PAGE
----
• Rupture may be retroperitoneal or small leading to a false negative US for free fluid
    • Advantages
      • Allows for rapid evaluation of the aorta as a cause for shock in the undifferentiated patient while resuscitation is ongoing

        US Transverse Axis: Abdominal Aortic Aneurysm (

        US Transverse Axis: Abdominal Aortic Aneurysm (

      • Obviates the need for the patient to be transported to the radiology department for imaging
      • Can provide alternative explanations for the patient’s presentation
    • Limitations
      • Prone to both technical (ultrasonographer skills) and interpretive error
      • Visualization of the aorta can be limited by obesity or the presence of bowel gas
      • Not as sensitive for detecting rupture
  • CT Scan
    • Abdominal CT has a sensitivity and specificity approaching 100% for both diagnosis of AAA as well as rupture (Hermsen 2004)
    • Addition of IV contrast can delineate the patent lumen of the AAA from the mural thrombus but is not
      Infrarenal AAA on CT with Contrast (Case courtesy of Dr Derek Smith, From the case rID: 36556)

      Infrarenal AAA on CT with Contrast (Case courtesy of Dr Derek Smith, From the case rID: 36556)

      necessary for identification of aneurysm or hemorrhage

    • More sensitive than US for detecting retroperitoneal hemorrhage of AAA
    • CT also helpful in identifying alternative diagnoses


Regardless of vital signs, patients with ruptured AAA should be considered unstable and should be aggressively resuscitated. A ruptured AAA has a mortality rate > 80%. (Adam 1999)

Basics: ABCs, Large bore (> 16 gauge) IV X 2, Supplemental O2 (if needed), Cardiac Monitor + Immediate     Surgical Consultation for repair

Aggressive Volume Resuscitation in Hypotensive patients

  • Target systolic blood pressure of 90-100 mm Hg pre-operatively
    • Exact target unknown
    • Over-resuscitation may contribute to increased bleeding from dilutional coagulopathy
    • Under-resuscitation harmful as prolonged hypotension can lead to end-organ damage (myocardial infarction, renal failure) and cardiac arrest
  • Start with administration of uncrossmatched blood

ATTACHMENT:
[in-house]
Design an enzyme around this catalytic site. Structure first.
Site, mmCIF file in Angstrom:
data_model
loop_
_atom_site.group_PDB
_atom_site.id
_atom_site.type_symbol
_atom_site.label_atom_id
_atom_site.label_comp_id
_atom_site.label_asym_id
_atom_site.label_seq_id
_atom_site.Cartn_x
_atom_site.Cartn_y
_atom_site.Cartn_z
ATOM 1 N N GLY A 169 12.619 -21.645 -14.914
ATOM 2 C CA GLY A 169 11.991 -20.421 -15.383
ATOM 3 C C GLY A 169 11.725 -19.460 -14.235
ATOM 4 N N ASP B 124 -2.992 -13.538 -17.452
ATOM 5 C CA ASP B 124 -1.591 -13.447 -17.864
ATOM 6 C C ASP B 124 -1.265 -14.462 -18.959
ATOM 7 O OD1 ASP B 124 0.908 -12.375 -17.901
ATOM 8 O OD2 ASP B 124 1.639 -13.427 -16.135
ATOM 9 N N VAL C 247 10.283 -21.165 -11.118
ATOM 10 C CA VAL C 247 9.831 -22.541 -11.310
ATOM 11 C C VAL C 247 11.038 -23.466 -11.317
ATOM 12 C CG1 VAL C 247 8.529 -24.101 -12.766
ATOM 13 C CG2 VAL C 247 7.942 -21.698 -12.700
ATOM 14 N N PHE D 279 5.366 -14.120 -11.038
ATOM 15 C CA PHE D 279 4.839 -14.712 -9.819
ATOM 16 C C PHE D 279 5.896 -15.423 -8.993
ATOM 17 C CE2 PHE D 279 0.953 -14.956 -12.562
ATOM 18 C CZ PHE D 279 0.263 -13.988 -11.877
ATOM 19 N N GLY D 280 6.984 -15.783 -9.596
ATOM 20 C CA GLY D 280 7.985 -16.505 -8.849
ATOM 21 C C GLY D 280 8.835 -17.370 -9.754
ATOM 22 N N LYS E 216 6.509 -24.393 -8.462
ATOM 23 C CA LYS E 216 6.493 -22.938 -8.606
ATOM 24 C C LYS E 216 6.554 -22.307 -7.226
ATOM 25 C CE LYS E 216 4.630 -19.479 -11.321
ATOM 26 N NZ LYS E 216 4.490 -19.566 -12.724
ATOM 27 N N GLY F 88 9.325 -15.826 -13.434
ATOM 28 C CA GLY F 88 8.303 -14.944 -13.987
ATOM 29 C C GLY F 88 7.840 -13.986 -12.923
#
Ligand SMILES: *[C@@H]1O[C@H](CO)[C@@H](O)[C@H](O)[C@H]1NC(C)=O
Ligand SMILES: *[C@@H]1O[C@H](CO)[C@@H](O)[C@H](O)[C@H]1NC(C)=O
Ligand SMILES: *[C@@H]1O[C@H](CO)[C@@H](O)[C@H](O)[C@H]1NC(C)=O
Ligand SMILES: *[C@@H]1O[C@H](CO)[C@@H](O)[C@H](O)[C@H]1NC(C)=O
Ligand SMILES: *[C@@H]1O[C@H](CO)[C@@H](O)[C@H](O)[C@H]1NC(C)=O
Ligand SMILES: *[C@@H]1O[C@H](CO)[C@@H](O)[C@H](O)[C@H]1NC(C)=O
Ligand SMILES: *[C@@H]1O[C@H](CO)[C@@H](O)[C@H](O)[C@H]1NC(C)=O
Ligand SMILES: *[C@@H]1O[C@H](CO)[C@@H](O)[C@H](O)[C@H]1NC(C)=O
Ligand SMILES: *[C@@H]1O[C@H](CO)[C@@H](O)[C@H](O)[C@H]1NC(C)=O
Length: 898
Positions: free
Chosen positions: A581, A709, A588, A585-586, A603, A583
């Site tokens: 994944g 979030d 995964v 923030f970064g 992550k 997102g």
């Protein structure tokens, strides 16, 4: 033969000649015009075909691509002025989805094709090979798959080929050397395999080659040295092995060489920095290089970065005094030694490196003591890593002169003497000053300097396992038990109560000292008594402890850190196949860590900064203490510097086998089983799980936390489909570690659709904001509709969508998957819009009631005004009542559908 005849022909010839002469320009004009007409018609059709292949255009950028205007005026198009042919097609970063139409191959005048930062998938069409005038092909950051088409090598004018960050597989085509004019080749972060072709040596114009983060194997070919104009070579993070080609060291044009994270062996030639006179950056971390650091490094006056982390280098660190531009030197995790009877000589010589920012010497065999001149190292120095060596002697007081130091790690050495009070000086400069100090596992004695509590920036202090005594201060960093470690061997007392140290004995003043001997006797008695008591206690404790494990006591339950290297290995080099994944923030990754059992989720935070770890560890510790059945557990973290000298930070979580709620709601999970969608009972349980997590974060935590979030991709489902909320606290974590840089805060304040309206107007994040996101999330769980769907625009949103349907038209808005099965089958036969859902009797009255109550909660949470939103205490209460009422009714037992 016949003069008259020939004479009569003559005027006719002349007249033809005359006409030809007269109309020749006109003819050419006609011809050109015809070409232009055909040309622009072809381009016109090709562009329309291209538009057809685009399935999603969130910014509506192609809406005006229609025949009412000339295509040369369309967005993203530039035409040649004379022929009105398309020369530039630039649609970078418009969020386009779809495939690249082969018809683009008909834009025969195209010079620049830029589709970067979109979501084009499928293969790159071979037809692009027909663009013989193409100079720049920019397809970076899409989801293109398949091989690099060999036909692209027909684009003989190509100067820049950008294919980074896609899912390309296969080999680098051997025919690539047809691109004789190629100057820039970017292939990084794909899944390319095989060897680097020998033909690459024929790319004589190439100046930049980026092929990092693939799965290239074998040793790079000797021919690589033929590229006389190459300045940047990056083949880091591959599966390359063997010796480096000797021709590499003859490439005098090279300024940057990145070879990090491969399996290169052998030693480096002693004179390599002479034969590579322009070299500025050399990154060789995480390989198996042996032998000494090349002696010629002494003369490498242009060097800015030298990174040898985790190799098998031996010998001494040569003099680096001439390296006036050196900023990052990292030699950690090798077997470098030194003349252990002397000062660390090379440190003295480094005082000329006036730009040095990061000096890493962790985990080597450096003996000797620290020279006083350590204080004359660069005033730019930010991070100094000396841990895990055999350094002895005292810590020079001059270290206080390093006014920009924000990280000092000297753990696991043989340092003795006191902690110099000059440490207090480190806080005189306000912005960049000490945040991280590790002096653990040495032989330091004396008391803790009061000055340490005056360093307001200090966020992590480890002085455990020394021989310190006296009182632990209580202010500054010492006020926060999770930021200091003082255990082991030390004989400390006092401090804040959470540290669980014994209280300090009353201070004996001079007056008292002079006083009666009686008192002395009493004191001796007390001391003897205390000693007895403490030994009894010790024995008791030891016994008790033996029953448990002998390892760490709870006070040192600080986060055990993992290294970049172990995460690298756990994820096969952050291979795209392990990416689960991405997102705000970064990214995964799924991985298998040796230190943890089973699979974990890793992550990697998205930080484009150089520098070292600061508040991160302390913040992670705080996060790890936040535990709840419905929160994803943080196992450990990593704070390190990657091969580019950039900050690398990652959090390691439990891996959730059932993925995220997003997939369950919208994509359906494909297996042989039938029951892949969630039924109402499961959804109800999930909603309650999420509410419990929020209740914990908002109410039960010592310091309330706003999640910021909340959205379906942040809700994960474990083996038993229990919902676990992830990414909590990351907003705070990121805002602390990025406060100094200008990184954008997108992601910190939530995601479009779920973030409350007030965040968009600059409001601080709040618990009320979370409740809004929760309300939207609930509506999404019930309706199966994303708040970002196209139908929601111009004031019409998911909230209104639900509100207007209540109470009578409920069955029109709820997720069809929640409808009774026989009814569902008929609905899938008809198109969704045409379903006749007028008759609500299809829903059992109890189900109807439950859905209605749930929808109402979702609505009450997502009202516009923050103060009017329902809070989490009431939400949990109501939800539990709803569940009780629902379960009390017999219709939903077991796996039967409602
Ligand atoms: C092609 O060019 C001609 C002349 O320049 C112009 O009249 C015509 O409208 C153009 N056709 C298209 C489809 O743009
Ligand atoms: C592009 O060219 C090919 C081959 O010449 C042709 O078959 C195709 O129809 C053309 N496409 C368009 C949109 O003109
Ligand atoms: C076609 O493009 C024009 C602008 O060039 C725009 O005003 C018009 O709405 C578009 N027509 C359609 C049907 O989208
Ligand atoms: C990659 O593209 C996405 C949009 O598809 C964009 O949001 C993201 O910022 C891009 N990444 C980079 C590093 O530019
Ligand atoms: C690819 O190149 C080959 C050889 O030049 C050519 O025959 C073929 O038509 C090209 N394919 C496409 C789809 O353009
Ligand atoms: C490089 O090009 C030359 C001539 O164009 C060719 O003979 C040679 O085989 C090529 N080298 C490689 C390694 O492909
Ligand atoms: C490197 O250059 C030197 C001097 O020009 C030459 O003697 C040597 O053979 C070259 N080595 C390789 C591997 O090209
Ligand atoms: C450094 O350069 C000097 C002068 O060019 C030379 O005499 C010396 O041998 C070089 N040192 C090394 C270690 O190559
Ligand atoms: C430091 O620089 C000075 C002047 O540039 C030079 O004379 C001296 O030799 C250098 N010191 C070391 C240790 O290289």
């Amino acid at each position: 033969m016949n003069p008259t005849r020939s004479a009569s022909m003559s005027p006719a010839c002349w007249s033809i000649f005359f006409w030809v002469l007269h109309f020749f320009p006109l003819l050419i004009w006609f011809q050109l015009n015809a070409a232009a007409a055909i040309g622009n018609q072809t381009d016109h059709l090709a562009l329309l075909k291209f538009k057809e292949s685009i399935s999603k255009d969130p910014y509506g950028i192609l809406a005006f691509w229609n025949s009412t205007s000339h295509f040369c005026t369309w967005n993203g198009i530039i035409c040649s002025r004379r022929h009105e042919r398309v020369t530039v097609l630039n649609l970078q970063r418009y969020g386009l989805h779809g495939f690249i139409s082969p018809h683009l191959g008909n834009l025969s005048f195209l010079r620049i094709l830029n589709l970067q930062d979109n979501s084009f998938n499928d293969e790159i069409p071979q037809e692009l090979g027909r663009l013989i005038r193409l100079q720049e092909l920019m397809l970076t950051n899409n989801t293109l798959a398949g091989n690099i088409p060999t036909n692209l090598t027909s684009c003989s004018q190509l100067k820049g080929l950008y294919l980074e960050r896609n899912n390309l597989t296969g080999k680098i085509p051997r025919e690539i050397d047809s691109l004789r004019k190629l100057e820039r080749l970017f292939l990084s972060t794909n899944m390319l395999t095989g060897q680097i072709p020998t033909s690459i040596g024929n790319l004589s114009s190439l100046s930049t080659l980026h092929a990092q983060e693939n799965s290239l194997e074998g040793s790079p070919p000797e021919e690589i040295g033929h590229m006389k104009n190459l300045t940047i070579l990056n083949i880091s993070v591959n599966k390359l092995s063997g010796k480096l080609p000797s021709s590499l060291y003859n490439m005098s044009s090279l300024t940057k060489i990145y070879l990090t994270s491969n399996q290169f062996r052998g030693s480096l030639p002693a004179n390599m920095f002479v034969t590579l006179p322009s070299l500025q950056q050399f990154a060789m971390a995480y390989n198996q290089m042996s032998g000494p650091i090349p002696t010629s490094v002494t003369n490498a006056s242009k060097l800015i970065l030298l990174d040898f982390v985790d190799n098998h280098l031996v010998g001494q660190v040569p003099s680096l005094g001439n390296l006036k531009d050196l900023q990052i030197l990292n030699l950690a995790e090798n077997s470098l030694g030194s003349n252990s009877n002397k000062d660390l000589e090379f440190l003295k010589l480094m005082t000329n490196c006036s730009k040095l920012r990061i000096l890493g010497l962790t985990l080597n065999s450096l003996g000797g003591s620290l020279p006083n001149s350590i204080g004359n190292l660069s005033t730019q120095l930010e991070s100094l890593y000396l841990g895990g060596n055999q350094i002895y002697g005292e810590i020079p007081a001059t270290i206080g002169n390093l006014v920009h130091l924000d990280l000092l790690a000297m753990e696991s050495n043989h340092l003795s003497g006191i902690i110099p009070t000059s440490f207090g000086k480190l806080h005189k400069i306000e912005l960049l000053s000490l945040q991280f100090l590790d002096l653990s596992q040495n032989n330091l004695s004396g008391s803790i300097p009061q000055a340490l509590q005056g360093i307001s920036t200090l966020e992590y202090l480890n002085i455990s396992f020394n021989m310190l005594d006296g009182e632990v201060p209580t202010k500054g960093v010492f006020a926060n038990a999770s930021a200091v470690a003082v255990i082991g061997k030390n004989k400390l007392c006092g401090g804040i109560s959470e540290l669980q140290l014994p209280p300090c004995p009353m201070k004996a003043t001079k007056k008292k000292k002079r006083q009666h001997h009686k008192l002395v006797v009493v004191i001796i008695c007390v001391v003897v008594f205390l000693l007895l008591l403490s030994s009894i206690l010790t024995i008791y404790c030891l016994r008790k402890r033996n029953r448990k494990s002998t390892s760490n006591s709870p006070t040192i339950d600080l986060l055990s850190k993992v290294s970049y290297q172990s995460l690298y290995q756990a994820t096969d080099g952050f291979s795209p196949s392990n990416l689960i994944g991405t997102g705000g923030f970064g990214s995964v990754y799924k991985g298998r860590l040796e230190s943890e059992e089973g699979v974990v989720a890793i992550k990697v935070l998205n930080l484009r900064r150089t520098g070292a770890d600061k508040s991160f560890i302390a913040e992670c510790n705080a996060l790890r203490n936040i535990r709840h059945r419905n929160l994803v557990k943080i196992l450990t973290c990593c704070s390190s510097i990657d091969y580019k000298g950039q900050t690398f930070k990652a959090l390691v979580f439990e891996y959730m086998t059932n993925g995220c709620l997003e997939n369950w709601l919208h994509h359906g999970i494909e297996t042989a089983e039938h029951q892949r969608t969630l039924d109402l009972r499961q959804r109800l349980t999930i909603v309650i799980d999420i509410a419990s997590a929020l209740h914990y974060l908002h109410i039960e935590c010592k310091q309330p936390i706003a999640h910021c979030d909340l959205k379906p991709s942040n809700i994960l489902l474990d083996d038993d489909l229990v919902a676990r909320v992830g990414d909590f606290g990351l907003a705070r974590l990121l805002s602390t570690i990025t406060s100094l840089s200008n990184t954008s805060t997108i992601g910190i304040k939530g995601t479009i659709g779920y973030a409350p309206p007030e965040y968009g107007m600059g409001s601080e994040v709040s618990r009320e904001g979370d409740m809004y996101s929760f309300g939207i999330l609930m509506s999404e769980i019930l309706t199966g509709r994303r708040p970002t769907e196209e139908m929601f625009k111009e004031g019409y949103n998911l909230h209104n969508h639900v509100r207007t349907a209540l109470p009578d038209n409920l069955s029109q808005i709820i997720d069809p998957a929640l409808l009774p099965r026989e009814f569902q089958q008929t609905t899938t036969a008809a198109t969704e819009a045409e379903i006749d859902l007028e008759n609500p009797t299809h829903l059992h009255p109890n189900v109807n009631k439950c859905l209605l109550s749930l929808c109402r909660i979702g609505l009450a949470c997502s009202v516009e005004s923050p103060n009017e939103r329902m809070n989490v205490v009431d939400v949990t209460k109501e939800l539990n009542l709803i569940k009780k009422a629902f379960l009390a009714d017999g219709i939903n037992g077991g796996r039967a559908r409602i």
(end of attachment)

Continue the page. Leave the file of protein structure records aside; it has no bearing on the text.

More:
• Activate massive transfusion protocol as patients often have large transfusion requirements
  • Consider administration of a 1:1:1 (PRBC:FFP:Platelets) ratio of blood products
  • Administer reversal agents for anticoagulant use if indicated

Take Home Points

  • Consider ruptured AAA in patients (especially those > 50 years of age) with unexplained hypotension, back or abdominal pain
  • All ruptured AAAs should be considered unstable regardless of vital signs as rapid deterioration is common
  • A ruptured AAA is 100% fatal without surgical or endovascular intervention. Mobilize your surgical colleagues early

Read More

Bessen HA, Poffenberger CM: Abdominal Aortic Aneurysm, in Marx JA, Hockberger RS, Walls RM, et al (eds): Rosen’s Emergency Medicine: Concepts and Clinical Practice, ed 8. St. Louis, Mosby, Inc., 2010, (Ch) 86: p 1129-1140.


Adam DJ et al. Community and hospital outcome from ruptured abdominal aortic

aneurysm within the catchment area of a regional vascular surgical service. J Vasc Surg

1999; 30:922-928. PMID: 10550191

Cinara IS et al: Aorto-caval fistulas: A review of eighteen years experience. Acta Chir Belg 2005; 105:616-620. PMID: 16438071

Gaughan M et al. Emergency abdominal aortic aneurysm presenting without haemodynamic shock is associated with misdiagnosis and delay in appropriate clinical management. Emerg Med J 2009; 26:334-339. PMID: 19386866

Hermsen K, Chong WK. Ultrasound evaluation of abdominal aortic and iliac aneurysms and mesenteric ischemia. Radiol Clin North Am 2004; 42:365-381. PMID: 15136022

Lederle FA: Ultrasonographic screening for abdominal aortic aneurysms. Ann Intern

Med 2003; 139:516-522. PMID: 24957320